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We are the reformers and we will define what reform is

The Party’s Leading Small Group on Comprehensively Deepening Reform (LSGCDR) held its thirteenth meeting this week. After only three meetings in the eight months following its formation, the group is now meeting on an almost monthly basis, and has become the most important body in China’s policymaking system.

The group has been successful in re-centralizing policymaking within the Party (as opposed to the government), as well as overcoming some of the bureaucratic bottlenecks that have historically bedeviled policy implementation in China. LSGCDR meetings are thus windows into policy priorities and important harbingers of things to come.

This week’s meeting focused on SOE reform (among other issues), passing two opinions on the matter. Reform of SOEs has long been seen as key to carrying out structural economic reforms. However, those heartened to finally see SOE reform taking a prominent position were likely disappointed. The two opinions focused on strengthening Party leadership over SOEs and preventing the loss of state assets, respectively. Full texts of the documents have not been released, but judging from their titles and official commentary it is safe to assume that the documents do little to move SOEs in a more market-oriented direction.

This appears to be a sign that market-oriented reforms will only go so far. While such an outcome is disappointing to liberal-minded reformers, it should not come as a surprise.

Confusion over the meaning of “reform” is common. Many China analysts see “reform” as necessarily implying movement towards a more liberal economic and political order. But for Chinese leaders, “reform” is a process of change to make the Party-state more powerful. Such an understanding of reform does not rule out a more market-oriented economy; in fact, for over three decades Chinese leaders have seen market-oriented reforms as invaluable to creating a strong Party-state. But it also means that free markets are seen as means to an end, and not as being good in and of themselves. Put simply, there are limits to reform.

In the case of SOEs it is likely that we will see efforts in some areas to make them more efficient. But this will not be done through privatization or severing ties between operations and ownership. Friday’s meeting makes clear that “state-owned” will continue to mean “Party-controlled”.


PBSC Week in Review
Xi Jinping  June 5 Xi chaired a meeting of the Leading Small Group on Comprehensively Deepening Reform. 
  June 4 Xi chaired a Politburo Standing Committee meeting.Meeting focused on rescue efforts for capsized Yangtze River cruise ship.


  June 2 Xi sent instructions regarding rescue efforts for a cruise ship that capsized on the Yangtze River. 
  June 1 Xi exchanged congratulatory letters with South Korean President Park Geun-hye on occasion of the signing of a free-trade agreement (FTA) between the two countries.China is ROK’s largest trading partner. Bilateral trade was USD 235.4 billion in 2014. The new agreement is China’s largest bilateral FTA in terms of trade volume.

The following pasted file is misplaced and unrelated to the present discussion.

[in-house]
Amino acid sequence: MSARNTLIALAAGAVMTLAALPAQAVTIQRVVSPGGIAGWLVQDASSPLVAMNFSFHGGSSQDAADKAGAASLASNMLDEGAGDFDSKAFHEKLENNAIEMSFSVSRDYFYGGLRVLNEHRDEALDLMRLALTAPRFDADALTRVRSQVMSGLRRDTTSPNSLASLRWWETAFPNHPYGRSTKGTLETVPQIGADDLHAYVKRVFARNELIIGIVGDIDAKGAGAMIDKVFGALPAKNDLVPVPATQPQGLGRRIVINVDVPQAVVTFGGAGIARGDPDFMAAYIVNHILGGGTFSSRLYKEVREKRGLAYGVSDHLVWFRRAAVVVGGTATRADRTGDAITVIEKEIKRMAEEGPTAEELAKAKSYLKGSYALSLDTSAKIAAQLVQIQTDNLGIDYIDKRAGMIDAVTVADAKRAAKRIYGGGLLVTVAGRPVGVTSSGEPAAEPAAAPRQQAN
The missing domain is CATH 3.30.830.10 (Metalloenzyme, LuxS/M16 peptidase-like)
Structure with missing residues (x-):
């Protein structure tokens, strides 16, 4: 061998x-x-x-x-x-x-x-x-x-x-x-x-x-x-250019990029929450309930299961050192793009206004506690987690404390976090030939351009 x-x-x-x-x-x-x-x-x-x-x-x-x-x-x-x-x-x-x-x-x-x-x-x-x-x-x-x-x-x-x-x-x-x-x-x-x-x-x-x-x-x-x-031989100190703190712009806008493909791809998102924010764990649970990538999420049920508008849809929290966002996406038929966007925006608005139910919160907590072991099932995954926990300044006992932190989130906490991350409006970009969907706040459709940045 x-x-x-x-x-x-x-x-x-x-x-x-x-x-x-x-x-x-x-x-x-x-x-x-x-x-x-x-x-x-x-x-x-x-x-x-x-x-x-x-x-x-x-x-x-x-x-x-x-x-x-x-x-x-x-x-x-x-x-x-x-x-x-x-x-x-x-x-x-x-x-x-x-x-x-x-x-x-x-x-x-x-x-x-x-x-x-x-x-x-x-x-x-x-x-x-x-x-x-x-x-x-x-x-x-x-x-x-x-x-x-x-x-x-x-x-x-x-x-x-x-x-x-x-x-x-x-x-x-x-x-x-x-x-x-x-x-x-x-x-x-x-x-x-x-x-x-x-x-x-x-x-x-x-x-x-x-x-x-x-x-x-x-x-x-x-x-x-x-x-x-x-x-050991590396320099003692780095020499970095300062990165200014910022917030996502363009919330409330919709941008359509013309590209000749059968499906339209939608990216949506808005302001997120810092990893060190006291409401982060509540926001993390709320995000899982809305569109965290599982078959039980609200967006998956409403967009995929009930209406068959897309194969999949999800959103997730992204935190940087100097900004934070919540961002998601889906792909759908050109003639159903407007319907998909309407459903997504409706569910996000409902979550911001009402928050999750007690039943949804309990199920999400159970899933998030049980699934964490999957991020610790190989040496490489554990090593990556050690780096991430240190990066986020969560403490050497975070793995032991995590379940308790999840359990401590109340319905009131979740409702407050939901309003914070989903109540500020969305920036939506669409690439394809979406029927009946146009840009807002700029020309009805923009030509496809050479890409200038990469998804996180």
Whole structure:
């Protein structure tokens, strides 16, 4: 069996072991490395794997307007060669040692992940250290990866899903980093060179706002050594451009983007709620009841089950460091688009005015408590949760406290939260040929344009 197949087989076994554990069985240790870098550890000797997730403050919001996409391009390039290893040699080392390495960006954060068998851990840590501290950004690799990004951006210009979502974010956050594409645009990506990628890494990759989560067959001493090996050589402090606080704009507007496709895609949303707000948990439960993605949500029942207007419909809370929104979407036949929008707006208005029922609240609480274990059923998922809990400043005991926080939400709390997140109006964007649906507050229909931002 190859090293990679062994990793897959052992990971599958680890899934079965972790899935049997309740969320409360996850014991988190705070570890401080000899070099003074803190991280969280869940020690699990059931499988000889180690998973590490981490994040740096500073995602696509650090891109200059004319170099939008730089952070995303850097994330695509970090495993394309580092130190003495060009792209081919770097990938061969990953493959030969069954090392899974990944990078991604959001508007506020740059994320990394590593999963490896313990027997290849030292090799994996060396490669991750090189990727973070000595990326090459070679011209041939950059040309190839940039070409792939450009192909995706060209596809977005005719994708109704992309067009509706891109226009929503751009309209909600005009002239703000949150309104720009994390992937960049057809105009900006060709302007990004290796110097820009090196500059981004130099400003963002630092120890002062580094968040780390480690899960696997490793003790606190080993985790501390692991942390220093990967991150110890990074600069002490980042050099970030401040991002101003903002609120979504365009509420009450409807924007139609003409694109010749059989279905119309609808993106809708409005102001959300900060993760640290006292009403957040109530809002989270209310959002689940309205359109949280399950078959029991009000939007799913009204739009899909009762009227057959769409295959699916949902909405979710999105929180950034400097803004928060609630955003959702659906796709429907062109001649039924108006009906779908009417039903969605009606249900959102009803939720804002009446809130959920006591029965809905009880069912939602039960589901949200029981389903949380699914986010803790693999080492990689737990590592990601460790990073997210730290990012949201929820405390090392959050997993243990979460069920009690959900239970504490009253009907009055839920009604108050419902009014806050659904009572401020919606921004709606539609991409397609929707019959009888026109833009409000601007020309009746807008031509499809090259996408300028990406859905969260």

Xi attended and addressed the 7th National Congress of the Chinese Young Pioneers.Xi: “In you, I see the future of our nation… The socialist modernization drive, and the great rejuvenation of the Chinese nation will be obtained with your hands… A person can have a lot of aspirations but the most important are about the motherland and its people. You should aspire to seek truth and serve the country.”


Li Keqiang  June 5 Attended a meeting of the Leading Small Group on Comprehensively Deepening Reform. 
  June 4 Li chaired an executive meeting of the State Council.Discussed measures to support entrepreneurs, increase private capital in healthcare and simplify business registrations.


  June 3 Li continued to direct rescue efforts for a cruise ship that capsized on the Yangtze River. 
  June 2 Li went to Hubei to direct rescue efforts for a cruise ship that capsized on the Yangtze River. 
    Li visited rescued passengers from the capsized cruise ship. 
Zhang Dejiang June 8 Zhang attended the first meeting of the BRICS parliamentary forum in Moscow, Russia. 
Yu Zhengsheng June 8 Yu chaired a symposium to solicit opinions on the 13th Five Year Plan from non-Party organizations. 
  June 5 Yu met with private businessmen to discuss the 13th Five Year Plan.Attendees included Jack Ma of Alibaba, Yang Yuanqing of Lenovo and Liu Yonghao of the New Hope Group.


  June 4 Yu chaired a biweekly CPPCC symposium.Meeting focused on treatment and prevention of echinococcosis, a parasitic disease caused by the larval stages of a canine tapeworm.


  June 2 Yu met with president of the Senegalese Economic, Social and Environmental Council Aminata Tall. 
Liu Yunshan June 6-8 Liu went on inspection tour to Fujian. 
  June 6 Liu attended the National Village Grassroots Party-building Work Symposium in Hangzhou, Zhejiang. 
  June 5 Attended a meeting of the Leading Small Group on Comprehensively Deepening Reform. 
  June 1 Liu attended the 7th National Congress of the Chinese Young Pioneers.
Wang Qishan     
Zhang Gaoli June 5 Attended a meeting of the Leading Small Group on Comprehensively Deepening Reform. 
    Zhang met with Japanese Finance Minister and Deputy Prime Minister Taro Aso. 


About CPWChina Politics Weekly aims to keep business leaders, investors, diplomats, scholars and other China hands up to date on important trends in China. It is produced by Trey McArver, a London-based consultant providing advice and intelligence to firms and investors engaged in China and the region. You can find out more about Trey and CPW in this interview.


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